The dollar skidded on Thursday, moving back toward one-month lows against the perceived safe-haven yen, after President-elect Donald Trump’s highly-awaited news conference failed to offer details on his promises to boost fiscal spending and cut taxes.
Trump, who takes office on Jan. 20, did not elaborate on his planned growth policies, and instead took aim at targets that included pharmaceutical companies and U.S. intelligence agencies.
The greenback fell as low as 114.245 yen on Wednesday, its deepest nadir since Nov. 9, and last stood at 114.52, down 0.8 percent on the day.
“There’s ‘Good Trump’ and ‘Bad Trump’ for the markets. Will ‘Good Trump’ return before the inauguration?” said Ayako Sera, market strategist at Sumitomo Mitsui Trust Bank in Tokyo.
“We need to see if the overnight dollar low holds in today’s Tokyo session,” she added.
The dollar index, which tracks the U.S. currency against a basket of six major counterparts, slipped 0.4 percent to 101.42. It had risen to a one-week high on Wednesday, ahead of Trump’s news conference.
The dollar index had climbed to its highest levels since 2002 as investors bet Trump’s promises of fiscal expansion and tax cuts would boost growth and inflation, prompting a faster pace of interest rate hikes from the Federal Reserve and boosting the yield on the greenback.
While some investors who missed out on the dollar’s post-election rally were still looking to buy on dips, others were seeking to pare their long dollar positions in case the coming reality of Trump’s administration fail to live up to expectations, Tokyo market participants said.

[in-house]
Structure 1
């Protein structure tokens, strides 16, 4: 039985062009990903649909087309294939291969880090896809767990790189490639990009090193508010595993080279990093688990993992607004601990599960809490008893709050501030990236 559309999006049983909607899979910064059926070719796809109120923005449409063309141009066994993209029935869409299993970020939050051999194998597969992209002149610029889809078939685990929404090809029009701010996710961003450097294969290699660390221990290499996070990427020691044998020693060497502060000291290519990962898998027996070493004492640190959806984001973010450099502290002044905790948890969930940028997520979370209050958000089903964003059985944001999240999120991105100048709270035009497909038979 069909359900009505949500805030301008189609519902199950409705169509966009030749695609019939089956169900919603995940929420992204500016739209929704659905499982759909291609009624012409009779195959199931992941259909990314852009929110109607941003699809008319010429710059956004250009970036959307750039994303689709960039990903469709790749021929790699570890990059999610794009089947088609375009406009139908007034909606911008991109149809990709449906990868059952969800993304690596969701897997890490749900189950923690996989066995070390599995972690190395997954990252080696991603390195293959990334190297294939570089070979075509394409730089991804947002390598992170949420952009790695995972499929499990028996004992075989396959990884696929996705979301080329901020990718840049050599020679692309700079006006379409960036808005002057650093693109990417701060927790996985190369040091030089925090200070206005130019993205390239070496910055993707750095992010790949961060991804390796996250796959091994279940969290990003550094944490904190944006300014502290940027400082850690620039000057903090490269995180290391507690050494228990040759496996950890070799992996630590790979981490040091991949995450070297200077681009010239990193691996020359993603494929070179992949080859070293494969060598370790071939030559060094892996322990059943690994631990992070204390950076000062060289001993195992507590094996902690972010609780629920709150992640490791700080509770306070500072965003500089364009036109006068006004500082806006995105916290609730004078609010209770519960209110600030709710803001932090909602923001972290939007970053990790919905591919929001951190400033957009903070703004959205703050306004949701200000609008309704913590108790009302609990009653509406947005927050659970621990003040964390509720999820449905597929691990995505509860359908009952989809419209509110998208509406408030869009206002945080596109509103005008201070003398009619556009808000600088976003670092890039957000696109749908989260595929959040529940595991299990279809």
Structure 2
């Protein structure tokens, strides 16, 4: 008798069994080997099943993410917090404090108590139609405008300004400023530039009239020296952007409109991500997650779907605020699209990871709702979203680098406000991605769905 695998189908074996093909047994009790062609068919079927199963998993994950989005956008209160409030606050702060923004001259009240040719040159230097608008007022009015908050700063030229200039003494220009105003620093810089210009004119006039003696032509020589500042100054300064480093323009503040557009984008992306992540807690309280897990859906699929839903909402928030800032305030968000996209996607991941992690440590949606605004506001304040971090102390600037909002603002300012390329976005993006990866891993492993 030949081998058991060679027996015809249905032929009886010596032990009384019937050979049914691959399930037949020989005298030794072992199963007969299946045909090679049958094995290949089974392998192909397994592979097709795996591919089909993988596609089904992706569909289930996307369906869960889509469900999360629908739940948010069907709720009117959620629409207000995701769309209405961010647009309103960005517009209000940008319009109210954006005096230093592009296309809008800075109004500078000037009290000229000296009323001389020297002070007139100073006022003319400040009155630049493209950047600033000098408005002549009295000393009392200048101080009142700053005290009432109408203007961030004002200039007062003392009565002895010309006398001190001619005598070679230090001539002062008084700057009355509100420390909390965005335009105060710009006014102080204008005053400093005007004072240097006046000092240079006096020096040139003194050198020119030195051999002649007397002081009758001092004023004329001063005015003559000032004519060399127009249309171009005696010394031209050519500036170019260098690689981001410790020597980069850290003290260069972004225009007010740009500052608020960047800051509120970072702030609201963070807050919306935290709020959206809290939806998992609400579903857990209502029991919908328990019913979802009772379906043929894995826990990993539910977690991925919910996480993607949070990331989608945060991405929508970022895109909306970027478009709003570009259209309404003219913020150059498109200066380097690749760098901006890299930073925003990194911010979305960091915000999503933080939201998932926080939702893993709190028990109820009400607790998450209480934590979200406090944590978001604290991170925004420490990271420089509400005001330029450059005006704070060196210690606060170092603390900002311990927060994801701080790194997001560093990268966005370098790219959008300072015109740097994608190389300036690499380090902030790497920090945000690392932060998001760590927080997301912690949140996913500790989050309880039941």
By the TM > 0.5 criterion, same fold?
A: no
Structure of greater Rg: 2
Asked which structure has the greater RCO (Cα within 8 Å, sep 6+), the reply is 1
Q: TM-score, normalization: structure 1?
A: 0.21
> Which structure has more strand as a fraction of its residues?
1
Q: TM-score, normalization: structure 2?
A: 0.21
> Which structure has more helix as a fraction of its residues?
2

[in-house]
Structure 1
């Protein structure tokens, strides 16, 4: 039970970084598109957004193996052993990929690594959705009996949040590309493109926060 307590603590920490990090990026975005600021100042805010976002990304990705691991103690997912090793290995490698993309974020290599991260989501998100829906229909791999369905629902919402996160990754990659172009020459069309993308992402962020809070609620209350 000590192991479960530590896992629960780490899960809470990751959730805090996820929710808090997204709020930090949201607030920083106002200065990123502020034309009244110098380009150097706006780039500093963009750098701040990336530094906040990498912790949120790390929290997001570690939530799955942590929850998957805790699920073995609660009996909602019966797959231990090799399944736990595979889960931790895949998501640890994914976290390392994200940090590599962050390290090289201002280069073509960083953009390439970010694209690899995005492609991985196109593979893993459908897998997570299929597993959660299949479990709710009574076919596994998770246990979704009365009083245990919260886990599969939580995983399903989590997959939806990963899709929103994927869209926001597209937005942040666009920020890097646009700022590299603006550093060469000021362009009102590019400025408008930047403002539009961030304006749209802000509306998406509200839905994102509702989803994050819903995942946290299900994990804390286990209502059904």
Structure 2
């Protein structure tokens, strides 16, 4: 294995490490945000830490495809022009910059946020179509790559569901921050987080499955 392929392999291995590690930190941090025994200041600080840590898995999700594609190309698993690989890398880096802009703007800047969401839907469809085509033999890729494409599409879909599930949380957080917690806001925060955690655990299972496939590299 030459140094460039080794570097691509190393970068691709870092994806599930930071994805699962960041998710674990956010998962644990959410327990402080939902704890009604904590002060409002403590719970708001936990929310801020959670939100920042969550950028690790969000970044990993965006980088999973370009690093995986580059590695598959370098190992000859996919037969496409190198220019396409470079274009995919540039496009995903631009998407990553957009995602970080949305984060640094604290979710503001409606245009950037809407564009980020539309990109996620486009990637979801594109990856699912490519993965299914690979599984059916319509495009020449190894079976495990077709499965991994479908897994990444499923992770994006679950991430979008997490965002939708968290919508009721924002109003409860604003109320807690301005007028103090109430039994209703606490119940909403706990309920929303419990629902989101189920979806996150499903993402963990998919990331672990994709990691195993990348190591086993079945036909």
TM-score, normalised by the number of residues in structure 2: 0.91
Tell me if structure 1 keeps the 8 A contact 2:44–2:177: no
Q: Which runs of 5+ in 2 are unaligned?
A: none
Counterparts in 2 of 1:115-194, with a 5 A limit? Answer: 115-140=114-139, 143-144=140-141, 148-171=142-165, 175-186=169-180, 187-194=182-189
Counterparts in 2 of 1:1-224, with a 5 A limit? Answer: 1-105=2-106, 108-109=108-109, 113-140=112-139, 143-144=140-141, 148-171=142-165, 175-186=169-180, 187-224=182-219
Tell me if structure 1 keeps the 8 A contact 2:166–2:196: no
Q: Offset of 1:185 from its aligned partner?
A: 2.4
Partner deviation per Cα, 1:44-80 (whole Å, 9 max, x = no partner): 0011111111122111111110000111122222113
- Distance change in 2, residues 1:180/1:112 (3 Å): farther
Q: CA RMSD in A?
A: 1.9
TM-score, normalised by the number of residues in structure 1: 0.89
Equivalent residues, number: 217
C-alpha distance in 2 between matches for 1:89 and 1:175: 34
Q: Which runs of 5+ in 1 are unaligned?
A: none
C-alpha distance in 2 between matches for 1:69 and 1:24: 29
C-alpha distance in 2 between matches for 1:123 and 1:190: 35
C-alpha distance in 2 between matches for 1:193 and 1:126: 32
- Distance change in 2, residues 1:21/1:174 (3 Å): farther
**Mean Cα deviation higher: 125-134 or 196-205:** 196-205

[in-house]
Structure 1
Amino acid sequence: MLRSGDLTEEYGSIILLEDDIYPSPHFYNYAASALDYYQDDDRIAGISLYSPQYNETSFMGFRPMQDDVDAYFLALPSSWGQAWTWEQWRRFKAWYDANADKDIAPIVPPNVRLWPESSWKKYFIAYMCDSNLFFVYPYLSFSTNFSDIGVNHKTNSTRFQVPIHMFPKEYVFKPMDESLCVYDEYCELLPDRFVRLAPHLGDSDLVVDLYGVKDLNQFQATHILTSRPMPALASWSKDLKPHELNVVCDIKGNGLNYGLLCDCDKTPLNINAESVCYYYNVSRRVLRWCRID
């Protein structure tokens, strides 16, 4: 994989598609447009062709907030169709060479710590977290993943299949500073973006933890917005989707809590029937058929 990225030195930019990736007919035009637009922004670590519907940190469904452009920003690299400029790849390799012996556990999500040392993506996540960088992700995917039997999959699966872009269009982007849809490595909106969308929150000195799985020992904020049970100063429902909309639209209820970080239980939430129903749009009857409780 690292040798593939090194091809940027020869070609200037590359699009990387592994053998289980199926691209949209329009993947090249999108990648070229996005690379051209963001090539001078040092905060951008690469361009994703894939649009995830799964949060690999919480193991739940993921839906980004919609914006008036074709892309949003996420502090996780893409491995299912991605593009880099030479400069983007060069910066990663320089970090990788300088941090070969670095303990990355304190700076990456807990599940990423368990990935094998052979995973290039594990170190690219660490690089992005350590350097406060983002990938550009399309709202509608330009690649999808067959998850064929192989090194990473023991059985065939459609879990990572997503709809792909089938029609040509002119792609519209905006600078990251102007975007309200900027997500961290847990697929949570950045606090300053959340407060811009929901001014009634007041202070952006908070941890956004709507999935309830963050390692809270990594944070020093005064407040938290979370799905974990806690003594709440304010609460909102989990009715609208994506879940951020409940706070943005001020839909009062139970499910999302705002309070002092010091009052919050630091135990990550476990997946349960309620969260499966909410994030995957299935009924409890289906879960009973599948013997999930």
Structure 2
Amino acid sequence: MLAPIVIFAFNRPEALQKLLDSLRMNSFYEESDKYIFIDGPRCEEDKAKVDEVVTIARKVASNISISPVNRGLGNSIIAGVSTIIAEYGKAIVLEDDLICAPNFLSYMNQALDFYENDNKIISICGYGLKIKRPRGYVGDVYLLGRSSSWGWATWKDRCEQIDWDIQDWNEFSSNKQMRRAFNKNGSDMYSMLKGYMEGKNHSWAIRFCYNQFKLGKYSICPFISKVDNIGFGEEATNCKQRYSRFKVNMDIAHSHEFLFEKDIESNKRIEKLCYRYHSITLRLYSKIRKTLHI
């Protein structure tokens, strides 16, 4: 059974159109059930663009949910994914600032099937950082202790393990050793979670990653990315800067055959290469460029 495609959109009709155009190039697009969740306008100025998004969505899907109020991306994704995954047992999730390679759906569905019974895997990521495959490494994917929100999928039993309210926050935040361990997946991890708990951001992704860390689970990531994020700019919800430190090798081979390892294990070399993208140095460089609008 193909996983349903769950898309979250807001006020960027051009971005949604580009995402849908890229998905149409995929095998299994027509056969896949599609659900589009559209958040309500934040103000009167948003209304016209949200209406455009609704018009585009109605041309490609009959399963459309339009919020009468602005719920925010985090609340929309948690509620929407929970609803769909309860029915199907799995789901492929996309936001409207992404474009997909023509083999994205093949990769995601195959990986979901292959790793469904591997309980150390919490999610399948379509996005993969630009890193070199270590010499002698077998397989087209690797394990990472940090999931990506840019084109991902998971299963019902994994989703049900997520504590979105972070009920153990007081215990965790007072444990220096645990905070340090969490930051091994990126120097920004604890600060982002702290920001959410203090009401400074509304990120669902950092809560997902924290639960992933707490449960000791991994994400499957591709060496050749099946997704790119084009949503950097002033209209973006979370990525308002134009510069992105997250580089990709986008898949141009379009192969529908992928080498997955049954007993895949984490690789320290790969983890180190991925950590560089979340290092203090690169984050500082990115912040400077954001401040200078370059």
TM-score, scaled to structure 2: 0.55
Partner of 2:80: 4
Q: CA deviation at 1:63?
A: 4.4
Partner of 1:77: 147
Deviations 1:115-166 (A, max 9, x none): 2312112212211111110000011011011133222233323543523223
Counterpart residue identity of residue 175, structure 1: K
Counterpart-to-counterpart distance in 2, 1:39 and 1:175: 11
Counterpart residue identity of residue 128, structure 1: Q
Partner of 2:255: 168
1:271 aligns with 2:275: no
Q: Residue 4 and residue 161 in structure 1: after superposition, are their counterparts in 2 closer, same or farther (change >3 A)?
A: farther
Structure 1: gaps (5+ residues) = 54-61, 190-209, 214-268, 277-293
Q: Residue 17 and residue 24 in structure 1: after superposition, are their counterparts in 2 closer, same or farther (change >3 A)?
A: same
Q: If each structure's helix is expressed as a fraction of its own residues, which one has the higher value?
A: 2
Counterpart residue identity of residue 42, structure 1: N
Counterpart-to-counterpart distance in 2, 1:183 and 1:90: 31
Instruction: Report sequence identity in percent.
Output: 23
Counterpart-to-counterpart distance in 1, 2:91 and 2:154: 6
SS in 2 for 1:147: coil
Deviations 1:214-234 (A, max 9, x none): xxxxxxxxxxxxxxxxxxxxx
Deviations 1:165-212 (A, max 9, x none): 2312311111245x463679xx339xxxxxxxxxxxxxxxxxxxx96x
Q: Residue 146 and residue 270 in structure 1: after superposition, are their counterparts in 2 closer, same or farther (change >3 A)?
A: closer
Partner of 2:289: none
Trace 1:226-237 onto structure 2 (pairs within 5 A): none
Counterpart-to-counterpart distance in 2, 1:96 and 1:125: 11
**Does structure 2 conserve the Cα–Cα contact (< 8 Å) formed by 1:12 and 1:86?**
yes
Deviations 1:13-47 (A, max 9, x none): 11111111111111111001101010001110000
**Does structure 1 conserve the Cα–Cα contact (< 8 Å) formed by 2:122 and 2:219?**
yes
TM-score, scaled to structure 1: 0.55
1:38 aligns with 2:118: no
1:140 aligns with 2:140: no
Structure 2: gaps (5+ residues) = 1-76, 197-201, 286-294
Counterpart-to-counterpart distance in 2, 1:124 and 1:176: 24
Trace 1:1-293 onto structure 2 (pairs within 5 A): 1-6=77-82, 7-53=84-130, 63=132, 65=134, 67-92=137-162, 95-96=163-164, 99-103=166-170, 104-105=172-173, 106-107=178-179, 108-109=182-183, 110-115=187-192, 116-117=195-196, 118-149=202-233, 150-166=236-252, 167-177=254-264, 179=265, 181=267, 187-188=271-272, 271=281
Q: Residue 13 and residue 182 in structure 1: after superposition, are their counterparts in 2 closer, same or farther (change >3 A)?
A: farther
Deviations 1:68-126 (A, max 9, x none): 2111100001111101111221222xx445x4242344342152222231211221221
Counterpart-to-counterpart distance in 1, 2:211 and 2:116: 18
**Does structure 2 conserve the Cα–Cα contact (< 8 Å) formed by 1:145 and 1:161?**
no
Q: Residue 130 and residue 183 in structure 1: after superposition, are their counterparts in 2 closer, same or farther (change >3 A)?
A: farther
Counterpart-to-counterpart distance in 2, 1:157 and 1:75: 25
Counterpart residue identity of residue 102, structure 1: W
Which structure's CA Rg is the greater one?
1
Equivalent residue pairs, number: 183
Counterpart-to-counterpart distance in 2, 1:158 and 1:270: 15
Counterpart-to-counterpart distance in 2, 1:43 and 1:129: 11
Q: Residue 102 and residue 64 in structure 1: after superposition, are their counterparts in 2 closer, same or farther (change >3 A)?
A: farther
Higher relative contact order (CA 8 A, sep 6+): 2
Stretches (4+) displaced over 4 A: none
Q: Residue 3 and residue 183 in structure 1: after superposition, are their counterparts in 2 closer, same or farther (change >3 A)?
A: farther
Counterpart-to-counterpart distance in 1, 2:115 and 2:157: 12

The euro added 0.2 percent to $1.0605, after skidding to a 14-year low of $1.0340 last week.
But against the yen, the euro slipped 0.6 percent to 121.41 yen, closing in on its overnight low of 121.275, which was its lowest since Dec. 9.
Lower U.S. Treasury yields also undermined the dollar, as Trump’s remarks increased the safe-haven appeal of U.S. government debt.
The benchmark yield fell to a one-month lows, as strong demand at an auction also pushed up prices.
In Asian trading, the yield on 10-year U.S. notes stood at 2.332 percent, down from Wednesday’s U.S. close of 2.370 percent.
Bucking the weak dollar trend, the Mexican peso hit a fresh record low against the greenback of 22.0440 pesos on Wednesday, after Trump warned U.S. auto companies would face a high tax for products made in that country and exported to America.
“The fall is very natural after what Trump has been saying about the Mexican relationship, but I also think that maybe the selling is almost over as he is saying nothing new,” said Masashi Murata, senior currency strategist at Brown Brothers Harriman in Tokyo.